A price increase is nothing less than a rationing device. You are likely to spend more if you consume the same quantity as before. Or, if you have a fixed budget (all budgets are limited in this sense), then you will consume less at a higher price. A higher price therefore means that there is a reallocation of resources - through the agency of money - from consumers to producers or the government.
In the current scenario of an increase in the fuel price, the objective is for the government to cut its subsidy by cutting the subsidy to those who are not intended to enjoy the subsidy. In other words, the government wants to give the subsidy to the poor (we can argue who is poor). By giving the subsidy across the board, the government also gives the subsidy to the unintended groups, as such the local rich (who can argue about who is rich) and all foreigners who drive their foreign cars here to fill up (what about foreigners driving local cars to fill up). The official argument goes on to say that the only way to give subsidy to a well-defined group is to give cash to this well-defined group.
But, of course, the price increases affects everybody even those who receive the cash subsidy (the latter have to make sure that they do not spend on fuel more than the subsidy; the counter-argument is that, at least, you have got "some" subsidy). In an evolved supply chain with lots of linkages, there will be multiple impacts from a simple increase to the end of the line - the so-called "butterfly effect" where the flutter of the butterfly in the tropics eventually causes a typhoon in the ocean. The official solution to this butterfly effect is to disallow this effect to multiply - a 10.5% increase in the price of petrol by 20 sen from RM1.90 per litre is now allowed to have an impact of 0.1% on food prices nationwide.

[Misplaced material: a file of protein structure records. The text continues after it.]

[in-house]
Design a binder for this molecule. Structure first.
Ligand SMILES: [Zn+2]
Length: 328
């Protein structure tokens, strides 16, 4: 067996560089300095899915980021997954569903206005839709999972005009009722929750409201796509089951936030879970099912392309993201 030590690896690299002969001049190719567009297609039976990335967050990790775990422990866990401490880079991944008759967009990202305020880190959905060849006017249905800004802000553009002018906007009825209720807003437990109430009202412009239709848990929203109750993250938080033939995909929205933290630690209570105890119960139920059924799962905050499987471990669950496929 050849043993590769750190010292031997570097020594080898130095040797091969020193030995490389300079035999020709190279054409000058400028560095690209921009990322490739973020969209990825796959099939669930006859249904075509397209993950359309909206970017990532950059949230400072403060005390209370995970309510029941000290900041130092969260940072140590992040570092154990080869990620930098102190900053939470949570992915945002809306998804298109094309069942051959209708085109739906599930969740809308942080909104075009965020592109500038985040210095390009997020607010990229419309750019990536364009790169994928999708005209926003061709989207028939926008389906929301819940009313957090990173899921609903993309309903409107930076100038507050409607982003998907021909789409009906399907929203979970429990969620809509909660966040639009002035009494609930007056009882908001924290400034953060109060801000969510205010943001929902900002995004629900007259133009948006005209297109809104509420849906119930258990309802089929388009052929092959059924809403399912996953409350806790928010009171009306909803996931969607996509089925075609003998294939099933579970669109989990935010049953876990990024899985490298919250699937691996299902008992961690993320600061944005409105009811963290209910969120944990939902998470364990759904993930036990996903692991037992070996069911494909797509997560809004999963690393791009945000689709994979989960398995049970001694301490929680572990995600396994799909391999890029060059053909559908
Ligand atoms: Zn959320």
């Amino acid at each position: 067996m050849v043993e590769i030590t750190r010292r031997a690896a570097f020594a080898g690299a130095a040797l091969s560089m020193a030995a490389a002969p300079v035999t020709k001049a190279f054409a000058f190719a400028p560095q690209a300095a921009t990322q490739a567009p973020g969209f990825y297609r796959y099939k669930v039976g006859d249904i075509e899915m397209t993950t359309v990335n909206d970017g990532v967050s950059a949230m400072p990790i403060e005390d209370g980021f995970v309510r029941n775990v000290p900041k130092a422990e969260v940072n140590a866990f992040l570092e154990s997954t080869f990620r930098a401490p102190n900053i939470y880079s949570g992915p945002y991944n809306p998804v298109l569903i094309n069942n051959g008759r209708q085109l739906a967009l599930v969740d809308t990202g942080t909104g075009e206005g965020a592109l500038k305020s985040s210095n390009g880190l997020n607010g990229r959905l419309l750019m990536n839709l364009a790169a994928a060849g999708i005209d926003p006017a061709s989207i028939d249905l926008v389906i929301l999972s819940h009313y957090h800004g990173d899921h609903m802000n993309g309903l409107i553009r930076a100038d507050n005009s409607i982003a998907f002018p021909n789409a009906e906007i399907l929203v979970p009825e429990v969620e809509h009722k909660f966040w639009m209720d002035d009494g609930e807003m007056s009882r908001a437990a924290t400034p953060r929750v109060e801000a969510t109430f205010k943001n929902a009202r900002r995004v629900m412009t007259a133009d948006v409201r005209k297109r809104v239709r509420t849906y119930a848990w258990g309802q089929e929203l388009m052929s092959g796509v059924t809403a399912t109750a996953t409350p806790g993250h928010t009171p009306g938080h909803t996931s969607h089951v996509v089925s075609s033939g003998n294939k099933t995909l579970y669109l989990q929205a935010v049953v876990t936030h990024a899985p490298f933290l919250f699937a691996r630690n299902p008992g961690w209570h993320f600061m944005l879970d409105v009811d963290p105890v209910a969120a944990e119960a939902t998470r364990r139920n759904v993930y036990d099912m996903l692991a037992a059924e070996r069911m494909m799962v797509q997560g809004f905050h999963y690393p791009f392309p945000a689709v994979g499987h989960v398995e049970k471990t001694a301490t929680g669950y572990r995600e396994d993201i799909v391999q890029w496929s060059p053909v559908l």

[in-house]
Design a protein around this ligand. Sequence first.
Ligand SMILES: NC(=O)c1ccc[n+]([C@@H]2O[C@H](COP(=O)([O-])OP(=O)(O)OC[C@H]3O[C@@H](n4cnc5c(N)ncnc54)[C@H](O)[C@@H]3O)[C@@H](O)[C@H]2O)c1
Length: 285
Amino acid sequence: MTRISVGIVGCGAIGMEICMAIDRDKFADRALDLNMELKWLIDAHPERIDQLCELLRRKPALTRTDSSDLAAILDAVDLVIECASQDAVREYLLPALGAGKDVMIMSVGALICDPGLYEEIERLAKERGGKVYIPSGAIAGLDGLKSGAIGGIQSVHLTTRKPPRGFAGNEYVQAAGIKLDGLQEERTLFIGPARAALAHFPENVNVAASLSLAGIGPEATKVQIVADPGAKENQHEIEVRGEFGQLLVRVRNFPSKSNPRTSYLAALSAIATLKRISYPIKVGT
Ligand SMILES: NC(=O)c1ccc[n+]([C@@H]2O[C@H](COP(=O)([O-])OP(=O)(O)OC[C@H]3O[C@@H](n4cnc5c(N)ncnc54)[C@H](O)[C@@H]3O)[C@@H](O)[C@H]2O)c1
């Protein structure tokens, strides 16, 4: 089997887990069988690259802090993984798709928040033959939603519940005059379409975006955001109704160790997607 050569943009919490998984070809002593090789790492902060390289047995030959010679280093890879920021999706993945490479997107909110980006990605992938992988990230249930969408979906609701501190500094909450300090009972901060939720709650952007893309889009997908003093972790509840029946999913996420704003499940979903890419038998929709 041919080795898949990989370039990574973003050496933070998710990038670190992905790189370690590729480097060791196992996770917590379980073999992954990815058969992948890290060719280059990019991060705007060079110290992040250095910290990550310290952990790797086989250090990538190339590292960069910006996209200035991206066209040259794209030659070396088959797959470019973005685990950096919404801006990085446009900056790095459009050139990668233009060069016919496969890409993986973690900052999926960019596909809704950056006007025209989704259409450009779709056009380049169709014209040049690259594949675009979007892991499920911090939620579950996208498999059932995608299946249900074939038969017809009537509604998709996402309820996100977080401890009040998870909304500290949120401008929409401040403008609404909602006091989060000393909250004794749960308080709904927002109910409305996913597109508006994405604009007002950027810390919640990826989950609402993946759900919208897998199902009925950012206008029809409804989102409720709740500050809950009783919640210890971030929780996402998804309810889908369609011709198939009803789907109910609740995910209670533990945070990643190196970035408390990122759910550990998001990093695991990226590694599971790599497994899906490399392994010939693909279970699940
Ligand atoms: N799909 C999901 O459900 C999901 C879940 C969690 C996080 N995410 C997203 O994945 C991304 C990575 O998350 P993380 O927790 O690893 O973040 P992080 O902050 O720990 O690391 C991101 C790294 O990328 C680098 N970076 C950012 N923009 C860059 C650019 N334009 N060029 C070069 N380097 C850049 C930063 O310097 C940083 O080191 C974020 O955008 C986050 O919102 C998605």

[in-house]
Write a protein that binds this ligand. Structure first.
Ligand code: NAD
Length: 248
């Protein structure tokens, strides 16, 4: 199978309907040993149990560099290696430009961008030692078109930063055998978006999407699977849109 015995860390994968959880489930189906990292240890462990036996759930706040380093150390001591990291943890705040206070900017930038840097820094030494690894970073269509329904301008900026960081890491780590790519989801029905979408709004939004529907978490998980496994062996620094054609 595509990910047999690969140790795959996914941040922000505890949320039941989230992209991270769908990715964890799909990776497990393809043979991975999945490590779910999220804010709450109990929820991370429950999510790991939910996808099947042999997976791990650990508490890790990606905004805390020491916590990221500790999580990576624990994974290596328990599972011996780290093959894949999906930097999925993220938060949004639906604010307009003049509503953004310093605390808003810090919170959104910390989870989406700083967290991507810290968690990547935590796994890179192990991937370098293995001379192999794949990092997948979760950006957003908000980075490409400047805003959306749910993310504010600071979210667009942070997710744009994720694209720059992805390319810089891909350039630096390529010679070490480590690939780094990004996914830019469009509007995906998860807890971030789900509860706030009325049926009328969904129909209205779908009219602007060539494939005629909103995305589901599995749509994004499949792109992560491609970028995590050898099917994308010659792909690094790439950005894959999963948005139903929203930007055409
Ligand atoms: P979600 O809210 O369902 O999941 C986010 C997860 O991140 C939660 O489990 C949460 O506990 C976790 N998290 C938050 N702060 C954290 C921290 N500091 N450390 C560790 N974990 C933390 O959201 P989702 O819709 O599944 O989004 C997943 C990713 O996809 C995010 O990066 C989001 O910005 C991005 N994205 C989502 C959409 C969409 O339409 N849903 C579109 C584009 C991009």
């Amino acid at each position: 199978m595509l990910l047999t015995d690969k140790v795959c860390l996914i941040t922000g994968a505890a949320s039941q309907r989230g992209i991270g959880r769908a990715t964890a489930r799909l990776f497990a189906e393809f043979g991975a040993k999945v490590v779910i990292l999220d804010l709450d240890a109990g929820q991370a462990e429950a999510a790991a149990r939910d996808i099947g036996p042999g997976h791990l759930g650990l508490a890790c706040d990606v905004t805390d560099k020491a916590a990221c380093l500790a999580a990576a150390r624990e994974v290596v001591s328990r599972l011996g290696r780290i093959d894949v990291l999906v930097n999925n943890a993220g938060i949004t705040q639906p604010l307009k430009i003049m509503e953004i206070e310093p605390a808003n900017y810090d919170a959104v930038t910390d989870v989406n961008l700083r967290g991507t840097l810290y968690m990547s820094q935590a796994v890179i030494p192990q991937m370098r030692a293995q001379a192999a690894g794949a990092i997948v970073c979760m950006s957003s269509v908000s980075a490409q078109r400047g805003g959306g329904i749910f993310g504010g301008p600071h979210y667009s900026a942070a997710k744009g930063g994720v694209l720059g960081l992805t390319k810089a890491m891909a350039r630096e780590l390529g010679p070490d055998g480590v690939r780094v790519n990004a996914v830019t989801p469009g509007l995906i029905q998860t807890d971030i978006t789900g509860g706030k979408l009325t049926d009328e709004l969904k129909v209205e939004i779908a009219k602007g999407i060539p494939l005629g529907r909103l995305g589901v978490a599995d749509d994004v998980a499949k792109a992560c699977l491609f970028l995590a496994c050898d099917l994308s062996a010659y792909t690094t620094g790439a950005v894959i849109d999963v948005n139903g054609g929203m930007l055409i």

Simple arithmetic tells you that fuel enters only as 0.01% of a supplier in the supply chain and if the supply chain has 20 linkages and each product has say another 20 inputs with price increases (think of the transportation), the net impact is 4% - by this very crude method of calculation.
It would be foolhardy to imagine that the price increase will have little or no impact on the welfare of the general population. This is rationing, as the price increase will reduce consumption - and probably domestici production (bad) or imports (good?). If not, then the price increase will force people to dissave or to borrow and get into debt - and this will be a transfer of the government deficit to the household deficit or the corporate deficit.
In any case, do not argue that the price increase will have no impact on the domestic economy or the domestic consumers except an arrest in the deterioration of the government balance sheet because we are only reducing our subsidy to (unwarranted) foreign beneficiaries. There will be collateral damage, all right, over and above the direct impact.